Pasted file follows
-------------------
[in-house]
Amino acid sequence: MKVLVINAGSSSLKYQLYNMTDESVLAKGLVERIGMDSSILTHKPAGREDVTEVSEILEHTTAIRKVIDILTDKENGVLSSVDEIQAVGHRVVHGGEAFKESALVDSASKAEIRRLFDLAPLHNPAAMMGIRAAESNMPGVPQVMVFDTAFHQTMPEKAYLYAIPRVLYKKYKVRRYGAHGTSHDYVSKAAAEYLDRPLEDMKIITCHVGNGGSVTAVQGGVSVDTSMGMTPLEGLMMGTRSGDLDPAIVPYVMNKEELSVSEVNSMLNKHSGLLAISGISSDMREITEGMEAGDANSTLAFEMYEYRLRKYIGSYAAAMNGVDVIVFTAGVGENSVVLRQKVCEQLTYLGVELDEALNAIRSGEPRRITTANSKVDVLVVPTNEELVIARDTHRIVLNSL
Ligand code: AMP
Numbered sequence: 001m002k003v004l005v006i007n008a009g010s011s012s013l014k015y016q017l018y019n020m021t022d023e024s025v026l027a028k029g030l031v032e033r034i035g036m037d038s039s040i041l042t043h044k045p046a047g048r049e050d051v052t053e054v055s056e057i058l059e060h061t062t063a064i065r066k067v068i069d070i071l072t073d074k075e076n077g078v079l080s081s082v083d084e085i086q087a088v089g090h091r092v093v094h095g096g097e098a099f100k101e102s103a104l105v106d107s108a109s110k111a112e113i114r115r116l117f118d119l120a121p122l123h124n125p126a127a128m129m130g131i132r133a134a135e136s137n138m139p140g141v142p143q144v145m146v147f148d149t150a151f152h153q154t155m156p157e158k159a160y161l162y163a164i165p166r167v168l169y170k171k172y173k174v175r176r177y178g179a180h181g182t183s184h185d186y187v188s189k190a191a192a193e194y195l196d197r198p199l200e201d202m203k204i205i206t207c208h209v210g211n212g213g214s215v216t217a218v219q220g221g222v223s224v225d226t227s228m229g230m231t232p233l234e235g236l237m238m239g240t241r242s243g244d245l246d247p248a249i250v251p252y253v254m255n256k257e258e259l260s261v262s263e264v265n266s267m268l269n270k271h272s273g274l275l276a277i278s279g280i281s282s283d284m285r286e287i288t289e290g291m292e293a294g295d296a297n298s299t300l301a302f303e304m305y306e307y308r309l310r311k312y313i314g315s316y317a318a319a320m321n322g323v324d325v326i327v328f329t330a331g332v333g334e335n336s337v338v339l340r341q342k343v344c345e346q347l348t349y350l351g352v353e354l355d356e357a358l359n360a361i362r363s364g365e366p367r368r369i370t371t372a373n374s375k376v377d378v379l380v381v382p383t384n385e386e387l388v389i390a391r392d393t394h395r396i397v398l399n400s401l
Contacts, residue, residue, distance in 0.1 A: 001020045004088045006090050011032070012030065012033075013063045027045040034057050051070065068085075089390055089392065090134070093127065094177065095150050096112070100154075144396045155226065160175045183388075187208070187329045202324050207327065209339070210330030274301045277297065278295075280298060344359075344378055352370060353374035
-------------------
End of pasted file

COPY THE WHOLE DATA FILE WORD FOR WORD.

[in-house]
Amino acid sequence: MKVLVINAGSSSLKYQLYNMTDESVLAKGLVERIGMDSSILTHKPAGREDVTEVSEILEHTTAIRKVIDILTDKENGVLSSVDEIQAVGHRVVHGGEAFKESALVDSASKAEIRRLFDLAPLHNPAAMMGIRAAESNMPGVPQVMVFDTAFHQTMPEKAYLYAIPRVLYKKYKVRRYGAHGTSHDYVSKAAAEYLDRPLEDMKIITCHVGNGGSVTAVQGGVSVDTSMGMTPLEGLMMGTRSGDLDPAIVPYVMNKEELSVSEVNSMLNKHSGLLAISGISSDMREITEGMEAGDANSTLAFEMYEYRLRKYIGSYAAAMNGVDVIVFTAGVGENSVVLRQKVCEQLTYLGVELDEALNAIRSGEPRRITTANSKVDVLVVPTNEELVIARDTHRIVLNSL
Ligand code: AMP
Numbered sequence: 001m002k003v004l005v006i007n008a009g010s011s012s013l014k015y016q017l018y019n020m021t022d023e024s025v026l027a028k029g030l031v032e033r034i035g036m037d038s039s040i041l042t043h044k045p046a047g048r049e050d051v052t053e054v055s056e057i058l059e060h061t062t063a064i065r066k067v068i069d070i071l072t073d074k075e076n077g078v079l080s081s082v083d084e085i086q087a088v089g090h091r092v093v094h095g096g097e098a099f100k101e102s103a104l105v106d107s108a109s110k111a112e113i114r115r116l117f118d119l120a121p122l123h124n125p126a127a128m129m130g131i132r133a134a135e136s137n138m139p140g141v142p143q144v145m146v147f148d149t150a151f152h153q154t155m156p157e158k159a160y161l162y163a164i165p166r167v168l169y170k171k172y173k174v175r176r177y178g179a180h181g182t183s184h185d186y187v188s189k190a191a192a193e194y195l196d197r198p199l200e201d202m203k204i205i206t207c208h209v210g211n212g213g214s215v216t217a218v219q220g221g222v223s224v225d226t227s228m229g230m231t232p233l234e235g236l237m238m239g240t241r242s243g244d245l246d247p248a249i250v251p252y253v254m255n256k257e258e259l260s261v262s263e264v265n266s267m268l269n270k271h272s273g274l275l276a277i278s279g280i281s282s283d284m285r286e287i288t289e290g291m292e293a294g295d296a297n298s299t300l301a302f303e304m305y306e307y308r309l310r311k312y313i314g315s316y317a318a319a320m321n322g323v324d325v326i327v328f329t330a331g332v333g334e335n336s337v338v339l340r341q342k343v344c345e346q347l348t349y350l351g352v353e354l355d356e357a358l359n360a361i362r363s364g365e366p367r368r369i370t371t372a373n374s375k376v377d378v379l380v381v382p383t384n385e386e387l388v389i390a391r392d393t394h395r396i397v398l399n400s401l
Contacts, residue, residue, distance in 0.1 A: 001020045004088045006090050011032070012030065012033075013063045027045040034057050051070065068085075089390055089392065090134070093127065094177065095150050096112070100154075144396045155226065160175045183388075187208070187329045202324050207327065209339070210330030274301045277297065278295075280298060344359075344378055352370060353374035